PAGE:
If mergers and acquisitions constitute a reliable indicator of which way the economic wind blows, it doesn’t take much digging to see that online is where it’s at. This is hardly news, but in an industry that has been slow on the digital uptake, several developments this year point to a more determined strategy to bring watchmaking online.
There was a time when takeovers of prestigious brands generated the biggest buzz. The buy-out, by CVC Capital Partners, of Breitling in April 2017 is the last big transaction to date, estimated at CHF 800 million. Since then, not only are there fewer and fewer potential targets for this kind of operation, interest has shifted to the internet and its offshoot: online retail. As revealed in a recent study by consultancy firm Bain & Co on personal luxury goods, a market worth €260 billion, from the current 10%, the online channel will account for 25% of market value by 2025 – which is just around the corner. That’s close to €90 billion, almost twice annual retail sales for the Swiss watch industry.
China in its sights
Coming back to mergers and acquisitions, online marketplaces are the focus of attention. The year kicked off with a mammoth deal when Richemont successfully bid €2.7 billion on Yoox Net-A-Porter, the number-one online luxury retailer. The Swiss conglomerate followed this with the announcement that it was teaming up with Alibaba to develop Net-A-Porter in China, where Alibaba can count on a loyal and active clientele of 600 million users. Alibaba and its Tmall marketplace, whose Luxury Pavilion specialises in high-end international brands, is one of the hottest websites around, alongside its biggest rival, JD.com, which is also Chinese.
Richemont continued its online shopping spree with the acquisition of the Watchfinder.com platform for buying and selling pre-owned watches. Second-hand is another hot topic right now, confirmed by developments at WatchBox.com, which belongs to the American retailer Govberg, and which this year opened a branch in Switzerland. Poetic justice, one might say, knowing that Govberg must now contend with Bucherer on its home turf, after the Swiss retailer acquired Tourneau’s 28 stores in the United States, in January this year.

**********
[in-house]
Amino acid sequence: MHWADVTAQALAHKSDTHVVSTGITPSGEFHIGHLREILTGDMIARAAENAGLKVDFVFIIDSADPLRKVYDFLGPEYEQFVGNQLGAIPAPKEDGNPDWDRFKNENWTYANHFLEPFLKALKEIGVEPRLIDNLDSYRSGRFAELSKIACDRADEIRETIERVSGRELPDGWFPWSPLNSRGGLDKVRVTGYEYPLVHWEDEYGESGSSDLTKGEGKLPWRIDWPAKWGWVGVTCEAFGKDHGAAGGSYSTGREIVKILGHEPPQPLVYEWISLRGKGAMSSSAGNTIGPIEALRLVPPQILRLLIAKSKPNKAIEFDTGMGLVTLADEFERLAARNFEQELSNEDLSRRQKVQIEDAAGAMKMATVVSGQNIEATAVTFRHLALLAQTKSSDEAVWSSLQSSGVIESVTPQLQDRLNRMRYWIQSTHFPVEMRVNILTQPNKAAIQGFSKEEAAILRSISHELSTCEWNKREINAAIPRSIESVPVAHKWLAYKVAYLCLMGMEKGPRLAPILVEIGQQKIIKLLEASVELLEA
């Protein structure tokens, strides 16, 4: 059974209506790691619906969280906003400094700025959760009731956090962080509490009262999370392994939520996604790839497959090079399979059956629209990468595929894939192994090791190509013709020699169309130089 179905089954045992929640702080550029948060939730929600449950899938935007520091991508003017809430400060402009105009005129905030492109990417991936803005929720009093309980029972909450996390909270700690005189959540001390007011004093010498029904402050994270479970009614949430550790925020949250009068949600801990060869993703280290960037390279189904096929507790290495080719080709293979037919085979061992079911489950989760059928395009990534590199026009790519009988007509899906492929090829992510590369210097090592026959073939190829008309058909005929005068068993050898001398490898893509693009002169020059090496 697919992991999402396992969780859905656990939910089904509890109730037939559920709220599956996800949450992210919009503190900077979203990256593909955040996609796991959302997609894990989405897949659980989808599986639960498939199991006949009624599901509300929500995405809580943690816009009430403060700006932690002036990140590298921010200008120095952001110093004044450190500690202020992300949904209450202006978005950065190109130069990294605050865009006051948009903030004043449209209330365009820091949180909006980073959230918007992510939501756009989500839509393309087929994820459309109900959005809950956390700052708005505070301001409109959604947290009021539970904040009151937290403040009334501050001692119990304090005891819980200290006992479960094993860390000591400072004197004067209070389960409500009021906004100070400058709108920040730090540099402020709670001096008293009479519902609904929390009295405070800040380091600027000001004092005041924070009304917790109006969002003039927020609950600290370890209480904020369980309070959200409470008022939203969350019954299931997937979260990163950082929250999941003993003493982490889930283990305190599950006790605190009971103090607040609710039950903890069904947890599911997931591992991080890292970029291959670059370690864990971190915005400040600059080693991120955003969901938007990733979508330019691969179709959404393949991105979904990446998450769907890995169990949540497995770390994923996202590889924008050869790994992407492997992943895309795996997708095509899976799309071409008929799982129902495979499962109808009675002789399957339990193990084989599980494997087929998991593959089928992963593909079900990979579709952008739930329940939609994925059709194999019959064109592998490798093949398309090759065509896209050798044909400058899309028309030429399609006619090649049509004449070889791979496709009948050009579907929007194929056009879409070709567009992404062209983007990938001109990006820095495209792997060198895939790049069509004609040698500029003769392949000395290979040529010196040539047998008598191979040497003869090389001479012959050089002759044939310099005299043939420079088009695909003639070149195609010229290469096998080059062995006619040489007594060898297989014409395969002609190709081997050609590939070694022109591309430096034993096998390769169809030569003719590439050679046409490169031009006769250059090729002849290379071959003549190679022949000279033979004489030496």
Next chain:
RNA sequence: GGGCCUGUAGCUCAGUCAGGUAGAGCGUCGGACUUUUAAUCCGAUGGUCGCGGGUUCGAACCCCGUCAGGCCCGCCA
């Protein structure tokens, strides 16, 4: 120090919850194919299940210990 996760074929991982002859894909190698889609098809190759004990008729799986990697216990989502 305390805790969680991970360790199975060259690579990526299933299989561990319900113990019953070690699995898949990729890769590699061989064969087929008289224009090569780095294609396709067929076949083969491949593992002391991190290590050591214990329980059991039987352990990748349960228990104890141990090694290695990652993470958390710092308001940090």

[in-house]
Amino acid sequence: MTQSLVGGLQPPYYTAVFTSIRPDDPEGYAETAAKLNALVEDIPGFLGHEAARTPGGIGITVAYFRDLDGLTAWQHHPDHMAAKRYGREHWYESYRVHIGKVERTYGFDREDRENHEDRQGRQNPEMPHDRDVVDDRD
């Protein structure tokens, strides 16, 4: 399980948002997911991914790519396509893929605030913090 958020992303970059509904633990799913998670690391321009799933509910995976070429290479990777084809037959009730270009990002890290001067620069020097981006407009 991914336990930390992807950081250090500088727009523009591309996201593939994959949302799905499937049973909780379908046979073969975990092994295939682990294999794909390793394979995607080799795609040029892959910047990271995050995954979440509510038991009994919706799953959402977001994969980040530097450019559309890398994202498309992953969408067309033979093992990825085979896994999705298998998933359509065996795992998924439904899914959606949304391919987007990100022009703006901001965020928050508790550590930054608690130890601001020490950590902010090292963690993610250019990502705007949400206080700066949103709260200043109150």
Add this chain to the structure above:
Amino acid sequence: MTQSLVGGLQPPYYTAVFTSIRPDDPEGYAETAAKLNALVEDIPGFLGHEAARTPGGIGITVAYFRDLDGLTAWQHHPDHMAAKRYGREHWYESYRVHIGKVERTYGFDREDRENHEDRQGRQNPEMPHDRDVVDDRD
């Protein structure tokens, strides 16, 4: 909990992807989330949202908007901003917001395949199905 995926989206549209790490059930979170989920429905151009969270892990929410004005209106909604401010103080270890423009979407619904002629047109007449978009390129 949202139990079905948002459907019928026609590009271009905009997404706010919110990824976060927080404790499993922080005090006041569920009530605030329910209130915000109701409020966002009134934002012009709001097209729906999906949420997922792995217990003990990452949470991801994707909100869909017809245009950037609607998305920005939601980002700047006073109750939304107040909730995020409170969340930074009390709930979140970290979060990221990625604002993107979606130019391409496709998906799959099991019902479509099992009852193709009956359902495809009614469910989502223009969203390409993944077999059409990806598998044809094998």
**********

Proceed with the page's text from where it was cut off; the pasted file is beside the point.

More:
Exports slated to grow 7-8%
Turning to distribution – a key factor for an industry that’s forecast to end 2018 with an increase in exports of 7-8% – there is no getting away from digital, and not only for the established brands. Multiple new projects aimed at a young, digitally connected audience, one whose buying habits are radically different to those of previous generations, design their communication and sales strategy around the internet, often after a crowdfunding campaign. Czapek, Laventure, Bolido, Code41, Baltic Watches… it’s a long list that will doubtless keep growing, despite an element of market saturation.
There follows every imaginable effort to exist online with original and, more importantly, aggressively priced products. In the wake of the two-year crisis that lasted until autumn 2017, much of the action this year has been in these lower price brackets. Two examples say it all: first the launch of Baume, an eco-friendly, millennial-flavoured brand offering extensively customisable watches. It belongs to Richemont, which evidently is leaving no stone unturned this year. Then there is Peter Speake-Marin’s latest venture. One of the most gifted representatives of watchmaking’s “new school”, he has introduced Stoic, a brand that offers classic, quality, affordable watches inspired by the Stoic philosophy and Seneca.
Clearly, the internet is where it’s at. This is where brands must do their storytelling, create an identity and defend values. And while there are still watch brands that don’t consider online sales as the ultimate destination, it’s only a matter of time before they do, as part of a multi-channel strategy. By then, according to Bain & Co, every single luxury purchase will be influenced by what shoppers have seen online. Best be prepared.